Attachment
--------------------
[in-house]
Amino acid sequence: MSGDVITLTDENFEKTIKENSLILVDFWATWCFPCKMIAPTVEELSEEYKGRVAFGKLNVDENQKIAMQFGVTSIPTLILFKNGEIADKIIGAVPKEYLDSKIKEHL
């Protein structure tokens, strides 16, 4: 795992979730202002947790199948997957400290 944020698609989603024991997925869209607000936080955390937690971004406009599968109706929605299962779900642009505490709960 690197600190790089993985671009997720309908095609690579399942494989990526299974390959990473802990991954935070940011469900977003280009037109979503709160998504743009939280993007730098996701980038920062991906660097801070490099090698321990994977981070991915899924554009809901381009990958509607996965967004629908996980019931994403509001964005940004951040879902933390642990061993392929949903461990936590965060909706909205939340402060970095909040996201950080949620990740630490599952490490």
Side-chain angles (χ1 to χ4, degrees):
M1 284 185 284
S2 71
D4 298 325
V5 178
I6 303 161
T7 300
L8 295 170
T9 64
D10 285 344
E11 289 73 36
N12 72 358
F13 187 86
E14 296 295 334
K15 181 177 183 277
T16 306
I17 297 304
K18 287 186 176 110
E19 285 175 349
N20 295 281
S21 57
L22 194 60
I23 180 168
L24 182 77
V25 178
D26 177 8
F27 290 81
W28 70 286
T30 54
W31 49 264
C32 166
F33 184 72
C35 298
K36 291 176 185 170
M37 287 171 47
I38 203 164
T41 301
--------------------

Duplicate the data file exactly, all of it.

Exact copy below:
[in-house]
Amino acid sequence: MSGDVITLTDENFEKTIKENSLILVDFWATWCFPCKMIAPTVEELSEEYKGRVAFGKLNVDENQKIAMQFGVTSIPTLILFKNGEIADKIIGAVPKEYLDSKIKEHL
């Protein structure tokens, strides 16, 4: 795992979730202002947790199948997957400290 944020698609989603024991997925869209607000936080955390937690971004406009599968109706929605299962779900642009505490709960 690197600190790089993985671009997720309908095609690579399942494989990526299974390959990473802990991954935070940011469900977003280009037109979503709160998504743009939280993007730098996701980038920062991906660097801070490099090698321990994977981070991915899924554009809901381009990958509607996965967004629908996980019931994403509001964005940004951040879902933390642990061993392929949903461990936590965060909706909205939340402060970095909040996201950080949620990740630490599952490490």
Side-chain angles (χ1 to χ4, degrees):
M1 284 185 284
S2 71
D4 298 325
V5 178
I6 303 161
T7 300
L8 295 170
T9 64
D10 285 344
E11 289 73 36
N12 72 358
F13 187 86
E14 296 295 334
K15 181 177 183 277
T16 306
I17 297 304
K18 287 186 176 110
E19 285 175 349
N20 295 281
S21 57
L22 194 60
I23 180 168
L24 182 77
V25 178
D26 177 8
F27 290 81
W28 70 286
T30 54
W31 49 264
C32 166
F33 184 72
C35 298
K36 291 176 185 170
M37 287 171 47
I38 203 164
T41 301